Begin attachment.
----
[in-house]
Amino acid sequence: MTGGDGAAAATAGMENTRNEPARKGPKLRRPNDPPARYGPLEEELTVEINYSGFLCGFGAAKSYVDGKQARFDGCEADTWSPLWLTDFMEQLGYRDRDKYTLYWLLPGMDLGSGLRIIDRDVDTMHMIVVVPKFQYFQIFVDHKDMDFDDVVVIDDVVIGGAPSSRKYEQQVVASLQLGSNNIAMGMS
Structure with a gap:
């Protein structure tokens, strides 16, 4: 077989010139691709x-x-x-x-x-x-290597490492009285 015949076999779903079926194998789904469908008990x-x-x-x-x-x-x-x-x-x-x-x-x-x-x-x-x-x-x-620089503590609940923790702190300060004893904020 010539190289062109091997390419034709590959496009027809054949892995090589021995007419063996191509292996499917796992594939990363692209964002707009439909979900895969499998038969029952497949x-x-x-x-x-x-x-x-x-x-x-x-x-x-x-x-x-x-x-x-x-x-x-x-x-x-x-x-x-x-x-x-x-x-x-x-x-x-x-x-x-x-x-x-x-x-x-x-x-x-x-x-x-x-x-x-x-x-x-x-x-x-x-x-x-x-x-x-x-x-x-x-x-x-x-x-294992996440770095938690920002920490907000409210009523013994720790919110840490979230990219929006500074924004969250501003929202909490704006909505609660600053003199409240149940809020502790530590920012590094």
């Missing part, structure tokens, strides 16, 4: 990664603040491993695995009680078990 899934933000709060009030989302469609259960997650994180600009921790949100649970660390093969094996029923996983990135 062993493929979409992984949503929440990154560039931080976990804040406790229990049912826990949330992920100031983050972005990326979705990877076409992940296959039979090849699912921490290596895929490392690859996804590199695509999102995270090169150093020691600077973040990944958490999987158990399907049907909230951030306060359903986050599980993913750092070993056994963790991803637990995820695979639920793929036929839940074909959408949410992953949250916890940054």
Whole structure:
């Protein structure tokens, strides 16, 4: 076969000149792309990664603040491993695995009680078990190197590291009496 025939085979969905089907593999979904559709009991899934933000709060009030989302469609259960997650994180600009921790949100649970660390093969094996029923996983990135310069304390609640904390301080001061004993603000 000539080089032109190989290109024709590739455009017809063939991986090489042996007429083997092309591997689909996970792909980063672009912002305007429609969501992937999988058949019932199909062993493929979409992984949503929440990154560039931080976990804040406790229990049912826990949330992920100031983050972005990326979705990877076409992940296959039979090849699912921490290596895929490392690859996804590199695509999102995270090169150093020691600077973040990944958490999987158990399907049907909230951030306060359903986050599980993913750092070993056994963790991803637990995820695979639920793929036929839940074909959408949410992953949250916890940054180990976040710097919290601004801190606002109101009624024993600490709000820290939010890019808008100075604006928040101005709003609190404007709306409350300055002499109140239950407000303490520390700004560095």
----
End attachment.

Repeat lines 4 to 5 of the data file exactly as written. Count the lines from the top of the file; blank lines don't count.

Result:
């Protein structure tokens, strides 16, 4: 077989010139691709x-x-x-x-x-x-290597490492009285 015949076999779903079926194998789904469908008990x-x-x-x-x-x-x-x-x-x-x-x-x-x-x-x-x-x-x-620089503590609940923790702190300060004893904020 010539190289062109091997390419034709590959496009027809054949892995090589021995007419063996191509292996499917796992594939990363692209964002707009439909979900895969499998038969029952497949x-x-x-x-x-x-x-x-x-x-x-x-x-x-x-x-x-x-x-x-x-x-x-x-x-x-x-x-x-x-x-x-x-x-x-x-x-x-x-x-x-x-x-x-x-x-x-x-x-x-x-x-x-x-x-x-x-x-x-x-x-x-x-x-x-x-x-x-x-x-x-x-x-x-x-x-294992996440770095938690920002920490907000409210009523013994720790919110840490979230990219929006500074924004969250501003929202909490704006909505609660600053003199409240149940809020502790530590920012590094």
């Missing part, structure tokens, strides 16, 4: 990664603040491993695995009680078990 899934933000709060009030989302469609259960997650994180600009921790949100649970660390093969094996029923996983990135 062993493929979409992984949503929440990154560039931080976990804040406790229990049912826990949330992920100031983050972005990326979705990877076409992940296959039979090849699912921490290596895929490392690859996804590199695509999102995270090169150093020691600077973040990944958490999987158990399907049907909230951030306060359903986050599980993913750092070993056994963790991803637990995820695979639920793929036929839940074909959408949410992953949250916890940054």